Two fantastic individuals who gave the Hampshire Avon Roach populations the best chance of a return to their glory days and inspiration to others that getting up off your a**e and having a go will achieve so much more than just mourning the demise of times past. I wish them every success with the new venture, the whiskers down South could do with it !
 

Joe Winstanley

Senior Member
Whilst I understand it is a moot point whether the ARP stocking policies have had a tangible impact on the Avon roach stocks (and I have no wish to replicate any of the squabbles which have taken place on other forums), what is beyond any doubt is the beneficial habitat management actions ARP has undertaken, so hats off to them. They have led by example.

But I also think it is important to recognise the impact of the cessation in weed cutting in 2011, this is by far the biggest single change to the Avon in the last decade. More weed equals more volume of water, increased water temperature, more cover and more food. Credit also needs to be given to those who campaigned tirelessly against the EA's routine mechanical weed cutting policies, Ray Walton is one name who springs to mind.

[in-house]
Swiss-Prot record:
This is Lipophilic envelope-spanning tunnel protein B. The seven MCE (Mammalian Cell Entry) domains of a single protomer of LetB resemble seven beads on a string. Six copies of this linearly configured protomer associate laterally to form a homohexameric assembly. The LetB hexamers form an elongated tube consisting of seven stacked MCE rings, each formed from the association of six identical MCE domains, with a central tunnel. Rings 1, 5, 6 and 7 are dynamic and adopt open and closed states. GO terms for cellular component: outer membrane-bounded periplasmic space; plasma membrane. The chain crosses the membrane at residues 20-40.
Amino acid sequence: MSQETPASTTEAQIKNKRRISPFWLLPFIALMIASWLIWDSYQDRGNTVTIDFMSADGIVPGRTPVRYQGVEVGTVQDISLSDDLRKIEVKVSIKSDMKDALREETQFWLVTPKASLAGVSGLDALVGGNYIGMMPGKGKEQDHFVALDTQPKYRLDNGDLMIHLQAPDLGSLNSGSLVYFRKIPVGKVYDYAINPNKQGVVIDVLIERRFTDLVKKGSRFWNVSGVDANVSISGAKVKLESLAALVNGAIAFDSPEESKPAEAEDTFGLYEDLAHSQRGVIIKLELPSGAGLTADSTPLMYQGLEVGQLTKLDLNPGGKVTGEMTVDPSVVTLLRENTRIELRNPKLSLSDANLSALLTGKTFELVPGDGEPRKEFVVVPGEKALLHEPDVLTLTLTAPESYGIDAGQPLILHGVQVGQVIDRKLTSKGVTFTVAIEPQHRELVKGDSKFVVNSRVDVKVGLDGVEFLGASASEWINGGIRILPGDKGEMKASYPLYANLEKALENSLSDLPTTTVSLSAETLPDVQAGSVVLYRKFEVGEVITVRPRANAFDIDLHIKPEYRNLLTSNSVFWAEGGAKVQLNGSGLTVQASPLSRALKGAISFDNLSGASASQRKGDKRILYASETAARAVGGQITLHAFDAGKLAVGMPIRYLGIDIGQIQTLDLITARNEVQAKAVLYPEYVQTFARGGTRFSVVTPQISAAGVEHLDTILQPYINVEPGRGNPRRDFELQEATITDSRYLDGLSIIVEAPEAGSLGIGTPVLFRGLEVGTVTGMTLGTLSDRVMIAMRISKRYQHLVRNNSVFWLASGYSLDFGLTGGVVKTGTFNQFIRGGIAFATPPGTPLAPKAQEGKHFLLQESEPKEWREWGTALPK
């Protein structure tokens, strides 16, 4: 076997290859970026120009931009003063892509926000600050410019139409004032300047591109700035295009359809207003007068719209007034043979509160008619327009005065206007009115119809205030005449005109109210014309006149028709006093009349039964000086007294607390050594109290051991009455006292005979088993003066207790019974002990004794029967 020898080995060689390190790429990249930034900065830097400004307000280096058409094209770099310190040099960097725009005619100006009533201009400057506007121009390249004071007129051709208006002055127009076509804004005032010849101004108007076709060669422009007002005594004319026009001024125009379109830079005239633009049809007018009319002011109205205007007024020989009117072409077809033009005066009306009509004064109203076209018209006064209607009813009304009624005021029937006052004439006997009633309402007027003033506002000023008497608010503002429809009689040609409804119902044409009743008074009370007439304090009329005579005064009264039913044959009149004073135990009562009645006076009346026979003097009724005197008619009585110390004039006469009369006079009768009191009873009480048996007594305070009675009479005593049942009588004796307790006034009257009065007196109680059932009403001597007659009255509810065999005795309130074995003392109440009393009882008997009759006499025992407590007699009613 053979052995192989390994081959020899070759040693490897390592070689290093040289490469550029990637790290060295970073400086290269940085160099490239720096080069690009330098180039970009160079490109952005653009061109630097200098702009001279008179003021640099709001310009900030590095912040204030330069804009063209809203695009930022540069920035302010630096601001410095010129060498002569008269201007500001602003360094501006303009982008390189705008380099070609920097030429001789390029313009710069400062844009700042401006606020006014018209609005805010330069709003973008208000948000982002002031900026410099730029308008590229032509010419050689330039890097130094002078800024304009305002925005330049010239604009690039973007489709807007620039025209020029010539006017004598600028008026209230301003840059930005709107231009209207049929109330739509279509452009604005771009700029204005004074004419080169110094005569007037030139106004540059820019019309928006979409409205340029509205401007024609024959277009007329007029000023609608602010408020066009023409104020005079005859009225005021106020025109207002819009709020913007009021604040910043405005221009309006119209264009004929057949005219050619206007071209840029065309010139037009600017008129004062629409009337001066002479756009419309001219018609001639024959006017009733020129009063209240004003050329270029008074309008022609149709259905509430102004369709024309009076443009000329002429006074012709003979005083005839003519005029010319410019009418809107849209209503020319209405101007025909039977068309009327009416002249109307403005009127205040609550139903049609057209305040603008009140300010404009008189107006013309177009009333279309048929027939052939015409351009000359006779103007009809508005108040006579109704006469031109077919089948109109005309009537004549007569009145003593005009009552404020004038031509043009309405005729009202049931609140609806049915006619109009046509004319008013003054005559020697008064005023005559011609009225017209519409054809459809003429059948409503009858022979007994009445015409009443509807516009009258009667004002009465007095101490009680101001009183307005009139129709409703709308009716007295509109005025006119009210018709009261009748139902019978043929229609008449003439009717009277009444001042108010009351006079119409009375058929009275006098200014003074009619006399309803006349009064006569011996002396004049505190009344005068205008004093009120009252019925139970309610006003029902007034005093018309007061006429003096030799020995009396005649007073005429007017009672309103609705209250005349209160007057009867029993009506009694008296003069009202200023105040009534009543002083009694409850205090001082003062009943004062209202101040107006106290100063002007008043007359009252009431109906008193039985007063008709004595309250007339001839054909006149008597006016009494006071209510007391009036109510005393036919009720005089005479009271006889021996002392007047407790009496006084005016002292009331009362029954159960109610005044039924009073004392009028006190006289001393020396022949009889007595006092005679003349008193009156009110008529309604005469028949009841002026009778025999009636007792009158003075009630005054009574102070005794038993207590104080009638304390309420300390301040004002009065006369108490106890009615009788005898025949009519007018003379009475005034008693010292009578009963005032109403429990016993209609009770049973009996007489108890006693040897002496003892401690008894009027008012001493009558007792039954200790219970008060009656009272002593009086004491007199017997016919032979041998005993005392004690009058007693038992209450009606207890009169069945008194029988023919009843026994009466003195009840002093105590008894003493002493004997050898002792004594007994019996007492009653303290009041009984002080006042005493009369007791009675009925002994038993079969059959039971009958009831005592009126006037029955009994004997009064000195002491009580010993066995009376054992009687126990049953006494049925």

Damian Kimmins

Senior Member
But I also think it is important to recognise the impact of the cessation in weed cutting in 2011, this is by far the biggest single change to the Avon in the last decade. More weed equals more volume of water, increased water temperature, more cover and more food. Credit also needs to be given to those who campaigned tirelessly against the EA's routine mechanical weed cutting policies, Ray Walton is one name who springs to mind.

It is great that the weed cutting ceased and returned the weed growth to a more natural regime, but it's not really improved the river's ability to recruit fry against all of the other issues that the river has.
Just looking at it it is clearly a shadow of it's former self.
 

Joe Winstanley

Senior Member